One of today’s greatest marketing challenges is capturing an audience’s attention. How can we be expected to create content that engages users with an attention span shorter than that of a goldfish? Videos, gifs, and cinemagraphs are great, but the challenge is keeping people interested and absorbing your content instead of scrolling past it. Sure, […]
One of today’s greatest marketing challenges is capturing an audience’s attention. How can we be expected to create content that engages users with an attention span shorter than that of a goldfish?
Videos, gifs, and cinemagraphs are great, but the challenge is keeping people interested and absorbing your content instead of scrolling past it. Sure, likes are something to celebrate (whose life isn’t defined by the number their last Instagram received?), but a real success story is determined by long engagements and mindshare.
As marketers, we know creating content based on user behavior is the place to start, and that’s exactly what Jim Wexler, president of Experiences Unlimited does everyday by creating game-based experiences.
Gaming as a marketing tool
We don’t often hear of games used as a marketing tool. They’re a different breed than what we’re used to, as they require the user’s full attention and spur long engagements. Where do we sign up, right? But to create a game experience and expect people to play, you must carefully balance fun, learning, and incentives.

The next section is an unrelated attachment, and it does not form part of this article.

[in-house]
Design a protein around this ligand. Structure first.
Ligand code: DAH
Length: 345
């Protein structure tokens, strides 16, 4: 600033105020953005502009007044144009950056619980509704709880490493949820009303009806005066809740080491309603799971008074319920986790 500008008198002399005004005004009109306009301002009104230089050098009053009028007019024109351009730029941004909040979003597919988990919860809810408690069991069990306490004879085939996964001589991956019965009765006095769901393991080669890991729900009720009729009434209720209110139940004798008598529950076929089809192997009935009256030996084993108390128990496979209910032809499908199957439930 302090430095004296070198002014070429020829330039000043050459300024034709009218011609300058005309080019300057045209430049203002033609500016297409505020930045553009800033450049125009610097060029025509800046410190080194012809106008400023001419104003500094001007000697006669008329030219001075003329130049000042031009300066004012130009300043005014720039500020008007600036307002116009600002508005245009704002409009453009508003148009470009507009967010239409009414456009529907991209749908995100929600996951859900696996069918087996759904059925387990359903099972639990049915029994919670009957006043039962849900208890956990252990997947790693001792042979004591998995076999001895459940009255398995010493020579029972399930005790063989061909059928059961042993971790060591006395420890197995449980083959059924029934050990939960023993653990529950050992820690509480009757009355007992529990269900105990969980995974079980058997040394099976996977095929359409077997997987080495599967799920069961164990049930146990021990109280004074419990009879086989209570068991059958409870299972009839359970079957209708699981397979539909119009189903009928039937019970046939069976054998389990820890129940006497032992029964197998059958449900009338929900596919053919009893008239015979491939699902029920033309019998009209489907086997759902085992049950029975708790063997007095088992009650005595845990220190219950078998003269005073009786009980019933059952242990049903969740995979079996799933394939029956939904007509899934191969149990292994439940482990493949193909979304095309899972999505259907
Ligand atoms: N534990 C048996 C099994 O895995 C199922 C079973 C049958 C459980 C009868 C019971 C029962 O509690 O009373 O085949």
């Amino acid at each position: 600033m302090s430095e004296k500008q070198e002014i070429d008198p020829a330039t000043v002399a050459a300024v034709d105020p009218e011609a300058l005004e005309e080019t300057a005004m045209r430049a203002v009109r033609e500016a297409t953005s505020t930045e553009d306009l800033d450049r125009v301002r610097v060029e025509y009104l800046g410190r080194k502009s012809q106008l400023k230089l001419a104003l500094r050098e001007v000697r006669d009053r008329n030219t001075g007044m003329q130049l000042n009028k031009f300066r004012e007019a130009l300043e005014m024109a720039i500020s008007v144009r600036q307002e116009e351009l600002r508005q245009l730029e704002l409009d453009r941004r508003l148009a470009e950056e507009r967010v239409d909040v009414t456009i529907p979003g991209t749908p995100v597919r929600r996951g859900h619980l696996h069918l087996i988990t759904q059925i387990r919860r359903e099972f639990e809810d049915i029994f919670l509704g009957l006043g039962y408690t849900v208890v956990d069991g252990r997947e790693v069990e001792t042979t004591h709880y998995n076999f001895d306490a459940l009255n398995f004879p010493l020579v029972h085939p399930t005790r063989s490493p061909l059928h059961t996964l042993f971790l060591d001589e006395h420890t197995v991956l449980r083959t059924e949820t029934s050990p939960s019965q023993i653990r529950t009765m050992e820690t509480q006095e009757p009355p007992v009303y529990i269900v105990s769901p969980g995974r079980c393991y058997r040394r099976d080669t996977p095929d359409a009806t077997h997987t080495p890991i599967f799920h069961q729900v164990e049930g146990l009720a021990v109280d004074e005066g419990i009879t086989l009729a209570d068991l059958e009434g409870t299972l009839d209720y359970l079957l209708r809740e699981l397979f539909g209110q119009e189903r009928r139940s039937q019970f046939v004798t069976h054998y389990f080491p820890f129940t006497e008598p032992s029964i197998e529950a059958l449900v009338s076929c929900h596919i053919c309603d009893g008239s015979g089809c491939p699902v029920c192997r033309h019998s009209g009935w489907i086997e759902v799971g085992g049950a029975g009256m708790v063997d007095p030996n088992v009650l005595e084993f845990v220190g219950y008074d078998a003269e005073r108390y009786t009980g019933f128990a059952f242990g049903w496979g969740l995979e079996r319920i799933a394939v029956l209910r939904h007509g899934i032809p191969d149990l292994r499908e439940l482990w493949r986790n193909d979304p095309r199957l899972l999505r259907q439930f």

Games are particularly useful when it comes to B2B marketing. When roofing giant GAF approached Wexler looking for help educating its channel partners at The Home Depot, he knew exactly how to go about helping.
The case study – how GAF educated channel partners
The Pro Desk employees at The Home Depot must cover an overwhelming array of products, so it’s a challenge for GAF to make sure the employees know enough about them to properly sell their roofing product line.
GAF needed to educate these The Home Depot employees so that when customers came to purchase roofing materials, the Pro Desk employees remembered to suggest GAF’s full six-product line.
“Often a market communication chief in channel sales will think they’ve got to teach 40 things,” Wexler said. “But the real lesson is, boil it down to three or four things that truly matter, and that’s what a game can be good for.”
So that’s exactly what they did. Wexler and his team created ‘Roofing System Challenge,’ a simple incentivized game to educate Pro Desk personnel on the six components to a roofing system.
“We made Roofing System Challenge to hammer home the same message over and over again while delivering a fun experience,” Wexler said.
The results – long engagements and mindshare
The game turned out to be a success both in educating channel partners and keeping them engaged. Throughout the campaign, there was an average of 250 employees playing per week with a 30% rolling retention rate after the first month. And the people who were playing were engaging at an average of 10 minutes per session. Not too shabby.
A 10-minute-long engagement is a huge accomplishment in today’s world of endless distractions. But it makes sense – what better way to engage a distracted worker than with something educational in the form of a distraction?
Marketers are constantly striving to create a unique user experience, and gamification is proving to be a successful strategy for the right projects.
“It’s about articulating a brand story,” Wexler said. “Everyone has a story. We just delivered it in an innovative way.”
Could your digital marketing benefit from gaming?
- Are you targeting a younger demographic?
- Are you trying to tell a complicated brand story or teach a complex lesson?
- Are you trying to activate a sponsorship or licensed property with customers?
- Do you need to train channel partners?
- Does your audience have mobile or PC access?